passage therefore, and the seating of himself in Egypt, we allow twenty years; and these sums being added together, to wit, one hundred thirty-one years after the flood, before they arrived at Babel, forty years for their stay there, and twenty for Cham's passage into Egypt and settling there, make up the sum of one hundred and ninety-one years; at which time we said that Cham began his reign in Egypt, in the beginning of the first dynasty. And to this sum of 191 years, if we add the 161 years of the fifteen first dynasties, as they are numbered in common account, we shall fall right with the year of Abraham's birth, which was an. dil. 352. And hereto, omitting many other reasons which might be brought to prove that these first dynasties must needs have been very short, and not containing in the whole sum of their several times above 161 years ; let it suffice, that had they lasted longer, then either must Egypt have been peopled as soon as Babel after the flood, or the dynasties, as Mercator thinks, must have been before the flood. That the arrival at Babel was many years before the plantation of Egypt, after the flood, enough hath been said to prove; and that the dynasties were not before the flood, the number of the long-lived generations between Adam and the flood, which was less than the number of the dynasties, may sufficiently witness. Or if we will think that one life might, perhaps, be divided into many dynasties, then may this have been as well after the flood as before; considering that the sons of Noah did not in every country erect such form of policy as had been used in the same ere the deluge, but such as the disposition of the people, the authority and power of the conductor, together with many other circumstances, did induce or enforce them to.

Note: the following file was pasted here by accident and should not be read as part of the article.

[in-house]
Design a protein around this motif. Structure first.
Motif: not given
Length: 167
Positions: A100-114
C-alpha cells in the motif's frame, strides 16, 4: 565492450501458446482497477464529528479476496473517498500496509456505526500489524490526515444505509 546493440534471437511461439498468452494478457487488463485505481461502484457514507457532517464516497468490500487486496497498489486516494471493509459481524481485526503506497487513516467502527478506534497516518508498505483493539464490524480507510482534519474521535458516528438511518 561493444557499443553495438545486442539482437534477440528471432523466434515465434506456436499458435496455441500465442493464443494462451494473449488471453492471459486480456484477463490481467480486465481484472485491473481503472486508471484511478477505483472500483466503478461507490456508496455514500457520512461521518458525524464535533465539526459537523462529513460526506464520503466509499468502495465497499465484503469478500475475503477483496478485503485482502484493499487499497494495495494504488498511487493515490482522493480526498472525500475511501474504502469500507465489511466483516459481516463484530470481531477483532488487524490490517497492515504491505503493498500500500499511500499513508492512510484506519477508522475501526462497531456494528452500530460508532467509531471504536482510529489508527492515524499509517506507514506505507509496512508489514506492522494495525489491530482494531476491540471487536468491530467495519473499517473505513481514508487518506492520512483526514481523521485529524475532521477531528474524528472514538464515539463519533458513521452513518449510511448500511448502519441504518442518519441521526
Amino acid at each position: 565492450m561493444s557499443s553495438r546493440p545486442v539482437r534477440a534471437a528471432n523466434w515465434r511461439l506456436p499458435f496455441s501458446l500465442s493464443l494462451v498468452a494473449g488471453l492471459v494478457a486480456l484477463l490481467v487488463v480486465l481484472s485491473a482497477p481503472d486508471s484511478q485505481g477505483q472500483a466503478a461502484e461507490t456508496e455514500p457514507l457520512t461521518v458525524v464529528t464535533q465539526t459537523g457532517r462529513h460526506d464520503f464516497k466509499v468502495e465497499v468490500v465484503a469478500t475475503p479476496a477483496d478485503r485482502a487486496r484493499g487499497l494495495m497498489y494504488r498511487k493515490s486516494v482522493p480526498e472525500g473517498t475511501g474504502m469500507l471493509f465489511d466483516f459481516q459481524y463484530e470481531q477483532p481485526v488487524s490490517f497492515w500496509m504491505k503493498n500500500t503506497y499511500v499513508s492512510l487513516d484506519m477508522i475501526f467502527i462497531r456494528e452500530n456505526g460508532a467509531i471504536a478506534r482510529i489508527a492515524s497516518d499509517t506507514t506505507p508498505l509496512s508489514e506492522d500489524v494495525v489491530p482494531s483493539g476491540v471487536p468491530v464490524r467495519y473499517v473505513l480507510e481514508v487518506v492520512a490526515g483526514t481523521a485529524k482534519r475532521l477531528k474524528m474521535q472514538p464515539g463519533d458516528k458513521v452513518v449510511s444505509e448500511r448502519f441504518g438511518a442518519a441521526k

SECT. III. That these dynasties were not divers families of kings, but rather